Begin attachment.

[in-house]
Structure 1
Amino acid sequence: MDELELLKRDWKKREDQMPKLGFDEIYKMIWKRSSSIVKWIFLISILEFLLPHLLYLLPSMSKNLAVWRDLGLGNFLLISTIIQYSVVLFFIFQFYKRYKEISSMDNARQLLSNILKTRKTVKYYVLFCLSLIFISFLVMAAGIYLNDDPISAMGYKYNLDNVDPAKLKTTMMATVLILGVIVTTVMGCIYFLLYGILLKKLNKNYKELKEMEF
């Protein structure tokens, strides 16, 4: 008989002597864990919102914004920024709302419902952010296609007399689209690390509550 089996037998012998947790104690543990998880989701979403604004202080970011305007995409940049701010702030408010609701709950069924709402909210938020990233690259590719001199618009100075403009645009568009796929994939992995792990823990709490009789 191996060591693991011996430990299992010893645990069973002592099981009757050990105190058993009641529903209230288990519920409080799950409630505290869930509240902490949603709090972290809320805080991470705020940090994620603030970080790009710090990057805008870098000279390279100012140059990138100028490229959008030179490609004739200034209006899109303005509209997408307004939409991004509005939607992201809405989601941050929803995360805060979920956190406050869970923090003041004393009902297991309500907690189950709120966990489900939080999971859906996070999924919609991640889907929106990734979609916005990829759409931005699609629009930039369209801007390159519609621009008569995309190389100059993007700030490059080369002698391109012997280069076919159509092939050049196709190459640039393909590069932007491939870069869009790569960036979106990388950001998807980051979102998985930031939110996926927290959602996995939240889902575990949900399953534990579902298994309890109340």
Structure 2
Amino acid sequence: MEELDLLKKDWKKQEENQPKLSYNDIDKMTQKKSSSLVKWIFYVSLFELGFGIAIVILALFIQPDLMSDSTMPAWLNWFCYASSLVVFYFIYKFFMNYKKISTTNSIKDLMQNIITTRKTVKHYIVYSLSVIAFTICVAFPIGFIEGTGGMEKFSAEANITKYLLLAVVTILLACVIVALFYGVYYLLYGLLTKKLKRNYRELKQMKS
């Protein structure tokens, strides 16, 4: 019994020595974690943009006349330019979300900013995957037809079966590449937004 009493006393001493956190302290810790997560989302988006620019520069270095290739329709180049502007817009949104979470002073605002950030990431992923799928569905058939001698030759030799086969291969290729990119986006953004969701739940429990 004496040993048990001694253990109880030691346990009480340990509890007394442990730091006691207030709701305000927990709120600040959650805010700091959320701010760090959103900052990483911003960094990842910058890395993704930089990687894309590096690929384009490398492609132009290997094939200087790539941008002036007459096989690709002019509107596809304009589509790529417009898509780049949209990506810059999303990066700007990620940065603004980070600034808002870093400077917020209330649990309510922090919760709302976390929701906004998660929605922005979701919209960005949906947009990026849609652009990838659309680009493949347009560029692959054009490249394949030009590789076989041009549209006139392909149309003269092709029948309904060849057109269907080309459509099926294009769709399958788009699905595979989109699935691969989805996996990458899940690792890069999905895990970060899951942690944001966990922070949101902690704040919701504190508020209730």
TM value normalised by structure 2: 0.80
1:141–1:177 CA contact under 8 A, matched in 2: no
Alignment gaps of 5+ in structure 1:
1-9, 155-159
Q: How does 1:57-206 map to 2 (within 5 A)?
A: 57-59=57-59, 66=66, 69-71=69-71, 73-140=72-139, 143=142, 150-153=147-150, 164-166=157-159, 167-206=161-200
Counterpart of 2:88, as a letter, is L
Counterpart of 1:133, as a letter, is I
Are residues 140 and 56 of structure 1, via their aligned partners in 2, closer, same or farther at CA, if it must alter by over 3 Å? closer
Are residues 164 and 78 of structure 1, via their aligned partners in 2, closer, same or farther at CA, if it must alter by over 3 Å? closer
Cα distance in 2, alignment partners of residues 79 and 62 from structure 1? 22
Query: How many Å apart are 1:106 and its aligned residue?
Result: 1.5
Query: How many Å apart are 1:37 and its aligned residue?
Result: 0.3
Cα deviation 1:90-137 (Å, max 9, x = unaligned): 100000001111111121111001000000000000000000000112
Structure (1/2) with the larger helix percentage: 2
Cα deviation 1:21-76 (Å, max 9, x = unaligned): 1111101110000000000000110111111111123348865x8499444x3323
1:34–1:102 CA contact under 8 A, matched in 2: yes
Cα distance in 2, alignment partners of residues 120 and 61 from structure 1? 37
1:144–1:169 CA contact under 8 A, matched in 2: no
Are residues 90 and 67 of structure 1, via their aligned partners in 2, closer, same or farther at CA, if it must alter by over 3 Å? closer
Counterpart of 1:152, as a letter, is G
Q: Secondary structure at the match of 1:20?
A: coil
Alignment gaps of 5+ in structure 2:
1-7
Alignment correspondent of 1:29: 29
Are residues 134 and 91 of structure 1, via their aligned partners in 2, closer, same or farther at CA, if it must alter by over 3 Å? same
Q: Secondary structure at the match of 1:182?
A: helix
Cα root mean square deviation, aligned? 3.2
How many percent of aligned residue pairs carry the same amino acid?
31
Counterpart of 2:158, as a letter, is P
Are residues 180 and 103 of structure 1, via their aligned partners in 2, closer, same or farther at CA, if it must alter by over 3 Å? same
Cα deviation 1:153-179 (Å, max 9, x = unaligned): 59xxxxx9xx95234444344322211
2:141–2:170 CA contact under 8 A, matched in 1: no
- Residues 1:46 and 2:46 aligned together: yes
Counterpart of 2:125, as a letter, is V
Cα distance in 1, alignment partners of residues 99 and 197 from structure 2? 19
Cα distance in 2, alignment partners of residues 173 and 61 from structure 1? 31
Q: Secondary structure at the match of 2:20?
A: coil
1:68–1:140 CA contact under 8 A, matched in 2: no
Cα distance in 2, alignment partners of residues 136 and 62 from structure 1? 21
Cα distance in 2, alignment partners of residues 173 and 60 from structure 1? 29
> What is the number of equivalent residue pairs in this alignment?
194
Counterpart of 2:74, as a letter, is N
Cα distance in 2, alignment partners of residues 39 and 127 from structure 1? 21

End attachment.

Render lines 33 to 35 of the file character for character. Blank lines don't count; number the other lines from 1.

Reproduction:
Alignment gaps of 5+ in structure 2:
1-7
Alignment correspondent of 1:29: 29